Ctrl + x, 1: Close all windows but one
Ctrl + ?, ?: Somehow open up three more windows of the same REPL (basically like a real time compiler and intrpreter) and be able to see yourself typing the same @$#*ing thing in for windows at the same time.

As you can see, I have a long way to go though. However, I am happy to say that I can at least now use the book.

FSharp: Using the Pipe Operartor to Chain Methods

This is a real quick and simple thing, so uh yeah… One of the things I detest in F# is having to use the “normal” method chaining built into C#. FOr instance with the StringBuilder class:

open System.Text

let something =

Now for C# that is acceptable.. but not for F# when the |> operator is involved. I want this:

let something =
    |> Append "Hi" 
    |> Append "There"
    |> Append "!" 
    |> ToString()

Which is actually a lot easier than it might seem. When using the |> the next method has to take in the last method’s result. As long as the last parameter of the method matches up with the result of the last, you’re gold. This will NOT work:

let something =
    |> Append "Hi" 

There’s no StringBuilder to be used for that Append method, so it breaks. Remember, the last parameter of the next method has to be the same as the preceding result. So…:

  let append (text: string) (builder : StringBuilder) =

  let toString (builder : StringBuilder) =

As you can see, the appendBuiler method has a signature of StringBuilder -> string -> StringBuilder meaning it takes in a string and then a StringBuilder. Now because of currying, this is complete viable:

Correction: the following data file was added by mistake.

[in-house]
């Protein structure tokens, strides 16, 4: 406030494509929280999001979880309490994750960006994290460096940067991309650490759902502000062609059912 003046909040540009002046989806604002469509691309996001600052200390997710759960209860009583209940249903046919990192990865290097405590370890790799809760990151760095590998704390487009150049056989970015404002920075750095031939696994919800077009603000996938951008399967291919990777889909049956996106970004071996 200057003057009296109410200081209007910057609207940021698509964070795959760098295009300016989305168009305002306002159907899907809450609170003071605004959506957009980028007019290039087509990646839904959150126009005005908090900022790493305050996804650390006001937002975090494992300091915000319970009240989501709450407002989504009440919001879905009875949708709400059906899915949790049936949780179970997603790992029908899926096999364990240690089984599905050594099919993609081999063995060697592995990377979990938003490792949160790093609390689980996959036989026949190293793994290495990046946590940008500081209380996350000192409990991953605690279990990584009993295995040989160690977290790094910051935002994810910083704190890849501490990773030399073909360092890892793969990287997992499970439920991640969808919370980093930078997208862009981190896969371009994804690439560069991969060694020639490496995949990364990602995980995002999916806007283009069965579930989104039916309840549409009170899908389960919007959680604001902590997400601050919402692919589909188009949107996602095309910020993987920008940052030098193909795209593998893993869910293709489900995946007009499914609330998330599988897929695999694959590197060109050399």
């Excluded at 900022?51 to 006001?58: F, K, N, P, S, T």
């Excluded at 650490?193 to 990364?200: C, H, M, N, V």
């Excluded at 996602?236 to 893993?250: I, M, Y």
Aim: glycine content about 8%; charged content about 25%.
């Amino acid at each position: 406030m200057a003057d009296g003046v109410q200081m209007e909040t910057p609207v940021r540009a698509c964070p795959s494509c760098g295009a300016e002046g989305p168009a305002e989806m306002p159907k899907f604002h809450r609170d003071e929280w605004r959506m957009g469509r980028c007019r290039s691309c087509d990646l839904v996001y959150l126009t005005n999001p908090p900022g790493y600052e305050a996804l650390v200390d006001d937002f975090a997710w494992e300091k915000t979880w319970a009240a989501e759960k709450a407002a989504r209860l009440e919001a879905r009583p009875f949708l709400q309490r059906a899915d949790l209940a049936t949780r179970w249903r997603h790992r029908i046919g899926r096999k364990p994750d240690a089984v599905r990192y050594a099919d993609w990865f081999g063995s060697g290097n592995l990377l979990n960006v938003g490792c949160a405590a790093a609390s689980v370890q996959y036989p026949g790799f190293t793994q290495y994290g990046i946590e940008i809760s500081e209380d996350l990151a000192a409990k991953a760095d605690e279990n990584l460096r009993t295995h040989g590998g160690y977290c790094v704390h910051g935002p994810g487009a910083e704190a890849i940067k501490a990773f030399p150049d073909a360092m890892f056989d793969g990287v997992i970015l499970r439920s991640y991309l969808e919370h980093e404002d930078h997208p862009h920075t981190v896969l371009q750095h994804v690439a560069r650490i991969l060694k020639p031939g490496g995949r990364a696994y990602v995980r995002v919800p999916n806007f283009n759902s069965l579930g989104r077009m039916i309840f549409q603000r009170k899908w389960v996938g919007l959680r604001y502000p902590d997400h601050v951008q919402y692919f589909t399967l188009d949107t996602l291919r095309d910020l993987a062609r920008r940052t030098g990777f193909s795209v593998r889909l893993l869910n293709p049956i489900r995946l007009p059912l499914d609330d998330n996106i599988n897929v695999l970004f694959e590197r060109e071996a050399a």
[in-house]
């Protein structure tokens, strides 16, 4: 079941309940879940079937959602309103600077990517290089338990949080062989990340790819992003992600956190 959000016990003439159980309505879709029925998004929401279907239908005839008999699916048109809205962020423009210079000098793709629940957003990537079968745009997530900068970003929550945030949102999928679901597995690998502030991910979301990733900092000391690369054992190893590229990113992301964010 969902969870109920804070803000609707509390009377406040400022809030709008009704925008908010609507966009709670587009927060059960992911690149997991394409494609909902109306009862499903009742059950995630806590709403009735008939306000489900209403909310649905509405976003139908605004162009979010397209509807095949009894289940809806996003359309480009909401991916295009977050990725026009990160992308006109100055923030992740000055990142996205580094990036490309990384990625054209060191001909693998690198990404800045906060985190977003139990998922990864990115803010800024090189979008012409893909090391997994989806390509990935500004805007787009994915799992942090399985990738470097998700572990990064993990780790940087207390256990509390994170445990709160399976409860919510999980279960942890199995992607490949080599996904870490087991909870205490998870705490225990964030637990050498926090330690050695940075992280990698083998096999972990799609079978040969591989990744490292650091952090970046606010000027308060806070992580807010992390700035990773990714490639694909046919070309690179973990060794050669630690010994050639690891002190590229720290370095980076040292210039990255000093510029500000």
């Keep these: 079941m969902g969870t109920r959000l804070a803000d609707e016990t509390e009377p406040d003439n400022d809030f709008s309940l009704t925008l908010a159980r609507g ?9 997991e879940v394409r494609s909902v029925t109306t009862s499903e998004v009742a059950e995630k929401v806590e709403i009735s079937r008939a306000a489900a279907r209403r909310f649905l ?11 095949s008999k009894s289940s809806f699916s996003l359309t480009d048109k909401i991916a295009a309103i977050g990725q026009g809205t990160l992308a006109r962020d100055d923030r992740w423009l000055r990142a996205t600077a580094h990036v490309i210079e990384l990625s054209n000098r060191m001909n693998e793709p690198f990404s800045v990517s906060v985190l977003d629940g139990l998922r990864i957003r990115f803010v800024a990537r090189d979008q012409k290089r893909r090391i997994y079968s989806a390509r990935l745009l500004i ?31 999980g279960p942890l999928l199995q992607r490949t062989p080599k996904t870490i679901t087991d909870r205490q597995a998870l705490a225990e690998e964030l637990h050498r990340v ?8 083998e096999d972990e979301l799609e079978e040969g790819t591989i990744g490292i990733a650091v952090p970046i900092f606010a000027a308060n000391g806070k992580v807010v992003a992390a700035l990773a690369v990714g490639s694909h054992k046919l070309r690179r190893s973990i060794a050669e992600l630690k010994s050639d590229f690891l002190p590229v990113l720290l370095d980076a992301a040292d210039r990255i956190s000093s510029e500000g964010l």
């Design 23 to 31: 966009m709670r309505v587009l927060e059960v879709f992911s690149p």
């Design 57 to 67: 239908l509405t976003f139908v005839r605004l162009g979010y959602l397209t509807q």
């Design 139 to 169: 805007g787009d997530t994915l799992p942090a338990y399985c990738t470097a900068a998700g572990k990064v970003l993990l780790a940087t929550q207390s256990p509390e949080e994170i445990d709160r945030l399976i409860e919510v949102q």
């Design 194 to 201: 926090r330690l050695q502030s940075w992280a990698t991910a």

appendBuidler "Hi" ?

Where the ? will be filled in at some point. All it knows is that the ? will be a StringBuilder. With this in mind, the chain kind of looks like this:

  StringBuilder() |> append "Hi" ? |> append "There" ? |> append "!" ? |> toString ?

Where every ? is a place holder for the result of the previous method.

Does this save any time? Eh probably not. However, it does show the how useful the |> can be when it comes to workflow like design. For example:

  database |> openAConnection |> getAllUserNames |> closeTheConnection |> Seq.length > 0 |> shouldBeTrue

See if you can figure that one out.

Getting Started with Nuget and Visual Studios 2012… or whatever it’s called now.

So if you’re like me, and I’m guessing you are since you are reading this, you have a sort of idiotic reaction to anything that takes setting up. This may have prevented you from using anything on linux, setting the clock in your car, and using Nuget. Now up until this point I have tried really hard to avoid Nuget due to its… unfortunate earlier life. However, this wasn’t due to the concept, but more of the completely insane mass assembly hoarding functionality that made it about as useful as … something that isn’t useful. Sorry, couldn’t come up with anything funny. Surprised, I’m sure.

So anyways, after about two hours of pure pain this afternoon, I got it to work. And it works LIKE IT SHOULD HAVE THIS WHOLE @#@!ING TIME.

Ok first step is to just create a project. Excitement! One thing to make sure, or at least for this random mass of pointless I call a tutorial, that you have the “Create directory for solution.” checked.

Next is to create a second project. Yeah I know you weren’t ready for something as complicated as a solution with two projects, but that really doesn’t concern me.

One note is that to make life easier make sure both projects are on the same level of the solution folder hierarchy thing… hence the awesome red trapezoid-ish thing in the picture.

Next up is opening up the package manager that is nestled so comfortably in TOOLS -> Library Package Manager -> Package Manager Console:

This is basically a nifty command line like tool for Nuget which I personally prefer.

For the first project I added… waiting for Paint to open my awesome png that apparently is so awesome it is causing paint to freeze up. That’s right folk, freezing Paint is the true test of awesome. It’s that or Gimp is jealous that I used Paint. Not sure. Anyways, for the first project I added xunit.